I just love it.

So yeah, you would compare the Arctic to the Oregon High Desert, so yeah, it's funny as is You develop skills, you develop experience. You spend time in the world. You think about where you want to be. Do your good, as they say. You know, I found myself wanting to come back to Oregon's high desert and try to contribute to conserving some of the places that are so meaningful to me in such a way.

And they were a huge part of my childhood and upbringing, and they are now, thankfully, a huge part of my family and my daughters' upbringing as well. Certain places are changing a lot, so we're seeing a lot of change here in Central Oregon across the state population growth. I feel very fortunate to be able to contribute in my small way to resource tensions, climate change, and so on. You know, to an area that I care a lot about.

Well, let's talk about that for a minute, too. So, when you were executive director of the Oregon Natural Desert Association, you were working on a variety of projects, including campaigns to protect the big game. as well as, you know, really working with volunteers. And I know you did; you created a trail as well. But talk to me a little bit about your relationship with donors in some of these campaigns and how you worked with donors to be successful.

Yeah, through my work at Oregon Natural Desert Association, better known as ONDA, it is a campaign-focused organization that works, you know, often through the lens of advocacy through fed, you know, federal conservation designations are examples.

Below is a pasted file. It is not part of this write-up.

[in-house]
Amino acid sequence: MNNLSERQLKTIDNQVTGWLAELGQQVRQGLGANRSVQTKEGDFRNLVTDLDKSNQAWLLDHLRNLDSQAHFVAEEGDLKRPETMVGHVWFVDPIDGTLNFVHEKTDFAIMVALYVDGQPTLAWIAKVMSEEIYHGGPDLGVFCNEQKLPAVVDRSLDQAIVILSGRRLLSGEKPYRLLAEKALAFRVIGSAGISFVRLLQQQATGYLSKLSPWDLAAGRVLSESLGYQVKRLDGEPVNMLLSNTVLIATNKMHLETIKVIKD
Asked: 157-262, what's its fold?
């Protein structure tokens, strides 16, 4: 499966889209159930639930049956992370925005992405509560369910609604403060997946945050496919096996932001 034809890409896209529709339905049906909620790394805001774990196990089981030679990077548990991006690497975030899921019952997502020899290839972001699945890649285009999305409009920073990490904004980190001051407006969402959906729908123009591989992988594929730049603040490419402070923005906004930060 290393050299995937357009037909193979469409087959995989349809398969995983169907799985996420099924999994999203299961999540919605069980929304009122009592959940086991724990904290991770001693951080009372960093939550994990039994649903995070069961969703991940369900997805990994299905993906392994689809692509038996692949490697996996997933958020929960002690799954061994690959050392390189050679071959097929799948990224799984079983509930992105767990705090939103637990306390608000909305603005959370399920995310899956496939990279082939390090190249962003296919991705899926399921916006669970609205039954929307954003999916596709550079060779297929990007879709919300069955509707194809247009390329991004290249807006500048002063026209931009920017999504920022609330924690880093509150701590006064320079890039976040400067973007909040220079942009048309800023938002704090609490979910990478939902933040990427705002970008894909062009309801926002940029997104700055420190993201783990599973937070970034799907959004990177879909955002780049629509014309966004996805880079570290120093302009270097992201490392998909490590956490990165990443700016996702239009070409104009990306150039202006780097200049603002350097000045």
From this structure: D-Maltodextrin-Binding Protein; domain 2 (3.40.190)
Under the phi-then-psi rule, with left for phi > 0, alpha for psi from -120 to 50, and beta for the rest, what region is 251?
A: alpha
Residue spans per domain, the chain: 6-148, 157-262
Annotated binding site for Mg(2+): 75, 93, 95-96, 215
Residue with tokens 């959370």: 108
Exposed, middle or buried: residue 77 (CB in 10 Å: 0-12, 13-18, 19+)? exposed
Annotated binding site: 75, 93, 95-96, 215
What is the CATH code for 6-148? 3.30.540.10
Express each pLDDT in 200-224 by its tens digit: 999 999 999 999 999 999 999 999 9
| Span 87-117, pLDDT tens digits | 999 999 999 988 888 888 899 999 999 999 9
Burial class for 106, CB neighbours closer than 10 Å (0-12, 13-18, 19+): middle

So, through that, I worked on it Like you, I made efforts to protect Steens Mountain as a wilderness or cooperative management and protection area back in 2000. Places like the Badlands Wilderness, spring-based, and Modern, the organ of the Oregon Desert Trail, that’s an 800-mile route that starts in the Badlands east of Bend and goes all the way to the Idaho border and all of those to your pointer campaigns.

They are the result of many people, various groups, landowners, and eight federal and state agencies. They are kind of coming together and figuring out, like, how do we manage these areas for the public benefit for the long term? And yeah, that's a lot of what that work focused on was campaigns. Then, a critical part of that is being able to fund the people and provide the resources needed for those campaigns to be successful and so on, it's indirectly you that you realize you're going to have to fundraise.